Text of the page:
Slate: In a paper that is online and will be submitted to The Astrophysical Journal Letters (and not yet peer reviewed), they suggest the astronomers looking for the afterglow were instead fooled by the elliptical galaxy itself. by Phil Plait
'All big galaxies have a supermassive black hole in their cores. If enough material is pouring into that black hole, it can form a disk outside the hole. This disk gets very hot, and glows. Galaxies like this are said to be active galaxies.
'They’re notoriously variable, too, changing in brightness over relatively short periods of time. In the new report, the astronomers argue convincingly that this matches the data better than a fading FRB afterglow. The galaxy does appear to be active and variable, for one thing, which could easily explain the fading source seen. They also show that the way the light dimmed in the galaxy doesn’t match what is known about the way huge explosive events like this fade, again throwing some cold water on the claim.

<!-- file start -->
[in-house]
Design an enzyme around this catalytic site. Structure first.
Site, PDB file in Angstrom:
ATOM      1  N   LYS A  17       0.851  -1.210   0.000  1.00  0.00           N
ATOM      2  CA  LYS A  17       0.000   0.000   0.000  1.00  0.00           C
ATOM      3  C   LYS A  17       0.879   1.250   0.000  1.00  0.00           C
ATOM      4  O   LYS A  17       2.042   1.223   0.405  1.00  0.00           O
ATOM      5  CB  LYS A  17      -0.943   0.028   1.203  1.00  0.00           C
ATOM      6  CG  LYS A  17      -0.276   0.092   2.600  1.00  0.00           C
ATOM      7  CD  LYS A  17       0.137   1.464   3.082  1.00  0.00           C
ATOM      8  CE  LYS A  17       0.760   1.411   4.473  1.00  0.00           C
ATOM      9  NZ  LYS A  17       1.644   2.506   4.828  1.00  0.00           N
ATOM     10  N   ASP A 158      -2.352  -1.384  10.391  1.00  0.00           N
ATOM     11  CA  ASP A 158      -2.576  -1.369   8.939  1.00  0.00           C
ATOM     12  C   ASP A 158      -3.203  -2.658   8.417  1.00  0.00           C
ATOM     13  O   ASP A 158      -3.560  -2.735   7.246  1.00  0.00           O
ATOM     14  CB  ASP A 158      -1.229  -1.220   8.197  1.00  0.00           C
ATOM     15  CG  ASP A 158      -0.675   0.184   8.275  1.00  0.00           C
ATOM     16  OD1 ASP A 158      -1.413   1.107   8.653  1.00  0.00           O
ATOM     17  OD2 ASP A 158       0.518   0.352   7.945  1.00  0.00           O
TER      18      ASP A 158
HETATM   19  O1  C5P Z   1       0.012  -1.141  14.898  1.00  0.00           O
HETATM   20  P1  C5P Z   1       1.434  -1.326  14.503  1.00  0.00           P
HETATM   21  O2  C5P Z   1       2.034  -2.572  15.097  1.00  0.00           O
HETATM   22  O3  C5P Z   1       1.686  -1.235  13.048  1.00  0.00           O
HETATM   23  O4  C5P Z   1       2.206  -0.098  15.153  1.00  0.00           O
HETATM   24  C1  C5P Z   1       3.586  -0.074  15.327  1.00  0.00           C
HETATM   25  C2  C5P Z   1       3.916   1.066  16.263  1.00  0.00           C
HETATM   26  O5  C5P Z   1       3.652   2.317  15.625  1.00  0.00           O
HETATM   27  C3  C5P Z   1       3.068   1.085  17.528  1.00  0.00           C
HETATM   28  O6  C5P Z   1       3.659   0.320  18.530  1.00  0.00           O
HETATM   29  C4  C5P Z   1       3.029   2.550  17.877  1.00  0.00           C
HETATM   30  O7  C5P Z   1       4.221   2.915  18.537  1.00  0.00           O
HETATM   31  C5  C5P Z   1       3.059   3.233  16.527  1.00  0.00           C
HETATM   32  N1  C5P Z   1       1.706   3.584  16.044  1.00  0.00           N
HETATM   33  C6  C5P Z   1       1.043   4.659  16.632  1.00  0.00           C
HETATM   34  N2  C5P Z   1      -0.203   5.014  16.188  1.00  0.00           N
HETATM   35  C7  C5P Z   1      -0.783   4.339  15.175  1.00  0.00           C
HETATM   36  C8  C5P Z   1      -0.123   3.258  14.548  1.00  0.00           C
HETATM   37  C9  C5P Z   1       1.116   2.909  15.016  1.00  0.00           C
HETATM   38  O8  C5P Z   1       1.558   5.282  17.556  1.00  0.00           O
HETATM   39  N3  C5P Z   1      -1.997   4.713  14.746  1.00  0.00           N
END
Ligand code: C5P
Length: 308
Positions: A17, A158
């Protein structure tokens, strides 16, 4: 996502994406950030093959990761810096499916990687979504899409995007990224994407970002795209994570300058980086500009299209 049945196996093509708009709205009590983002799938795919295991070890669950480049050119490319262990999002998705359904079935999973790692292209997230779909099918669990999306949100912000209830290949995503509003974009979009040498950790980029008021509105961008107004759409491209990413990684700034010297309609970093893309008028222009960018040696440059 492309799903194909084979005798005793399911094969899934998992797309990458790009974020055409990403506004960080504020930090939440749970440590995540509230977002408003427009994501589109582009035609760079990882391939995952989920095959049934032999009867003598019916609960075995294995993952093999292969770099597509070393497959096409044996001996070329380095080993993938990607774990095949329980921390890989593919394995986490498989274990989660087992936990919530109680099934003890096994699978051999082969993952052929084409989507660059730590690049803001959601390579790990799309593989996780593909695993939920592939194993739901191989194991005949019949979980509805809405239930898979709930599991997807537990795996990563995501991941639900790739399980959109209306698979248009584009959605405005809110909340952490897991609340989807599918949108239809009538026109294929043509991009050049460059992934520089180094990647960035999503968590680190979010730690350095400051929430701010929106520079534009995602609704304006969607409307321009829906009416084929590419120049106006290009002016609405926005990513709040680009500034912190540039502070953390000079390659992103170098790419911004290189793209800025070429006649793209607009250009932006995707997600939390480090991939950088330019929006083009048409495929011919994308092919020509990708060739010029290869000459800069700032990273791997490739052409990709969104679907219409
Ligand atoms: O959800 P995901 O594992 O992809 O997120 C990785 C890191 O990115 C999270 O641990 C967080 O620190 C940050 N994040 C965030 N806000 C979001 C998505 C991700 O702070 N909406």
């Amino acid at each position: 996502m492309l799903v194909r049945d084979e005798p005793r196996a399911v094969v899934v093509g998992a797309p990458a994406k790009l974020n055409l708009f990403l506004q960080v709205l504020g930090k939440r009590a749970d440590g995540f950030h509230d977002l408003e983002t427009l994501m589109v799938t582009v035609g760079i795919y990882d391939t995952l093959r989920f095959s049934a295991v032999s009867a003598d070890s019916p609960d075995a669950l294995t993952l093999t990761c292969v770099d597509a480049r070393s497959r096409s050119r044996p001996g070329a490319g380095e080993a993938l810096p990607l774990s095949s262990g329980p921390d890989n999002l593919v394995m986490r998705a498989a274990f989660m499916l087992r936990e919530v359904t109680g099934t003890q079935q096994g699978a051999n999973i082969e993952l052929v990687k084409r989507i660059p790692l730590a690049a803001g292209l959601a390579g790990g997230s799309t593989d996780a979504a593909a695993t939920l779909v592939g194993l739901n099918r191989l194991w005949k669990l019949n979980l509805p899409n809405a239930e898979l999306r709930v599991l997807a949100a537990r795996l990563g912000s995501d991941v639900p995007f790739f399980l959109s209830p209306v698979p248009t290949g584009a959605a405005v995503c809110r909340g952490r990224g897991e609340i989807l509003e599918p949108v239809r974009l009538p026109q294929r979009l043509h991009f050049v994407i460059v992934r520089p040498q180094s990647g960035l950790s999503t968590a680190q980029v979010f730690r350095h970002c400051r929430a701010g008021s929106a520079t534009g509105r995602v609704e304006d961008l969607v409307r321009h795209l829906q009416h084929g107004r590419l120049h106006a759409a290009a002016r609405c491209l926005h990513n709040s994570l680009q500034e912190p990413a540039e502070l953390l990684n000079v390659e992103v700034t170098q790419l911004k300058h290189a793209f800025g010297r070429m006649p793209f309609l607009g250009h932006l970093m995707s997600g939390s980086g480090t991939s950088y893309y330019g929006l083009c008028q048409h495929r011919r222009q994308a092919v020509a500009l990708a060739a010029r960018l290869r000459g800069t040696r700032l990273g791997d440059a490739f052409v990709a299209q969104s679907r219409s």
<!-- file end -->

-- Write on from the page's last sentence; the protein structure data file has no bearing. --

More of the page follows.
'If the afterglow was not from the FRB, then the distance was not necessarily accurately determined. The FRB may have been in another galaxy entirely, or even in our own! And the distance was the key ingredient for the next bit of news: Half the “missing mass” of the Universe had been found. Using the way the radio signal from the FRB was shifted in wavelength/frequency, the original astronomers were able to estimate how much matter was between us and the FRB. If the distance isn’t known, then that measurement can’t be made. So until we know for sure where that FRB was in the Universe, we can’t say anything about the amount of material the signal passed through on its way to Earth.'
"Cosmological Origin for FRB 150418? Not So Fast" by P. K. G. Williams and E. Berger here